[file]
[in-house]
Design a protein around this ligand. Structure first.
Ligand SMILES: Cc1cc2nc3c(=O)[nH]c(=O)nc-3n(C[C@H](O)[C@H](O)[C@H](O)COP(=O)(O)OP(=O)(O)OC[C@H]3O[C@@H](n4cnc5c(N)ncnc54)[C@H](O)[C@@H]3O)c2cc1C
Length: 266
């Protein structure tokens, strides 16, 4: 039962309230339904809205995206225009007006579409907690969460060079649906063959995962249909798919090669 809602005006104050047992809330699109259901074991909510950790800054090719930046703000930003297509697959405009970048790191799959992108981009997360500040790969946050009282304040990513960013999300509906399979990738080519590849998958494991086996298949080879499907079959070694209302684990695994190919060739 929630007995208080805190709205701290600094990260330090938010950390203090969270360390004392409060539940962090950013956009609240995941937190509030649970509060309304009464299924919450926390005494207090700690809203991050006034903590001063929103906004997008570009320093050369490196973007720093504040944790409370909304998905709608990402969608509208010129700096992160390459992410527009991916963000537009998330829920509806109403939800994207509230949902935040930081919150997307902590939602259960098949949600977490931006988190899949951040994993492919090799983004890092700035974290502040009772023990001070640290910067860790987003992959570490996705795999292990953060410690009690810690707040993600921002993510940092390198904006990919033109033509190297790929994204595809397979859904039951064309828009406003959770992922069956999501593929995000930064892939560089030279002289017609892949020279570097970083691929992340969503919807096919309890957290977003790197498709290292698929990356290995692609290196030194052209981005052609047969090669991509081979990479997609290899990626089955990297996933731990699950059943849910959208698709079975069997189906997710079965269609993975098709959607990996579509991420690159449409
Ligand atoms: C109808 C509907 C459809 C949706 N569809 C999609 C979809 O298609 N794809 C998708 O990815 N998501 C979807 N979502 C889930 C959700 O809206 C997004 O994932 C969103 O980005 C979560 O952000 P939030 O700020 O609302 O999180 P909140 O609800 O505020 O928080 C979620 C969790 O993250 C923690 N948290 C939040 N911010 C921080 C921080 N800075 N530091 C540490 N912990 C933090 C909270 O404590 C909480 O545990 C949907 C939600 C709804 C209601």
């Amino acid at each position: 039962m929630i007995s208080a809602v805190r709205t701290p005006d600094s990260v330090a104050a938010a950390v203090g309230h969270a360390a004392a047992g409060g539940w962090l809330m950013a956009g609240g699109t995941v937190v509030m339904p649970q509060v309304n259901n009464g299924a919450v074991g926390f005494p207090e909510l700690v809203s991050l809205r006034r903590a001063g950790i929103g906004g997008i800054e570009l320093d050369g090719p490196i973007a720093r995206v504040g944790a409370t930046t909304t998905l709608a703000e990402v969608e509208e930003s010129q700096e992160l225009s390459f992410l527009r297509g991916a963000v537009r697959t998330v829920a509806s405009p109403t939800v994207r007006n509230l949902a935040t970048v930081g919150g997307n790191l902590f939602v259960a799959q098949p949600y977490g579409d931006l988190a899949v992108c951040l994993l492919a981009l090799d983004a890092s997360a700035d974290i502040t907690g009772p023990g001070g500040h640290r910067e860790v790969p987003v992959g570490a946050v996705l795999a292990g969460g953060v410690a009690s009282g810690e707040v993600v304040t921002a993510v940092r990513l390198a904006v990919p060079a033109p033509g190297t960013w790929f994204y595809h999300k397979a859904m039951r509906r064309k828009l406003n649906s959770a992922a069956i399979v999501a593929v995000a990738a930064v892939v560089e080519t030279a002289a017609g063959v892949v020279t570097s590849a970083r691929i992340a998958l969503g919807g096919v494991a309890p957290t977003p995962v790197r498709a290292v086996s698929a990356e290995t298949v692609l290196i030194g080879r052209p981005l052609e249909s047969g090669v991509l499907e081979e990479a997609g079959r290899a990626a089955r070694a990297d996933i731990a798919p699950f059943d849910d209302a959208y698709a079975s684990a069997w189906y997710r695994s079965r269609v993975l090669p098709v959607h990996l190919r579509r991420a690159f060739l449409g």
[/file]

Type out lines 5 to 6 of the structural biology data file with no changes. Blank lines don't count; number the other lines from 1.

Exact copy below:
């Protein structure tokens, strides 16, 4: 039962309230339904809205995206225009007006579409907690969460060079649906063959995962249909798919090669 809602005006104050047992809330699109259901074991909510950790800054090719930046703000930003297509697959405009970048790191799959992108981009997360500040790969946050009282304040990513960013999300509906399979990738080519590849998958494991086996298949080879499907079959070694209302684990695994190919060739 929630007995208080805190709205701290600094990260330090938010950390203090969270360390004392409060539940962090950013956009609240995941937190509030649970509060309304009464299924919450926390005494207090700690809203991050006034903590001063929103906004997008570009320093050369490196973007720093504040944790409370909304998905709608990402969608509208010129700096992160390459992410527009991916963000537009998330829920509806109403939800994207509230949902935040930081919150997307902590939602259960098949949600977490931006988190899949951040994993492919090799983004890092700035974290502040009772023990001070640290910067860790987003992959570490996705795999292990953060410690009690810690707040993600921002993510940092390198904006990919033109033509190297790929994204595809397979859904039951064309828009406003959770992922069956999501593929995000930064892939560089030279002289017609892949020279570097970083691929992340969503919807096919309890957290977003790197498709290292698929990356290995692609290196030194052209981005052609047969090669991509081979990479997609290899990626089955990297996933731990699950059943849910959208698709079975069997189906997710079965269609993975098709959607990996579509991420690159449409
Ligand atoms: C109808 C509907 C459809 C949706 N569809 C999609 C979809 O298609 N794809 C998708 O990815 N998501 C979807 N979502 C889930 C959700 O809206 C997004 O994932 C969103 O980005 C979560 O952000 P939030 O700020 O609302 O999180 P909140 O609800 O505020 O928080 C979620 C969790 O993250 C923690 N948290 C939040 N911010 C921080 C921080 N800075 N530091 C540490 N912990 C933090 C909270 O404590 C909480 O545990 C949907 C939600 C709804 C209601």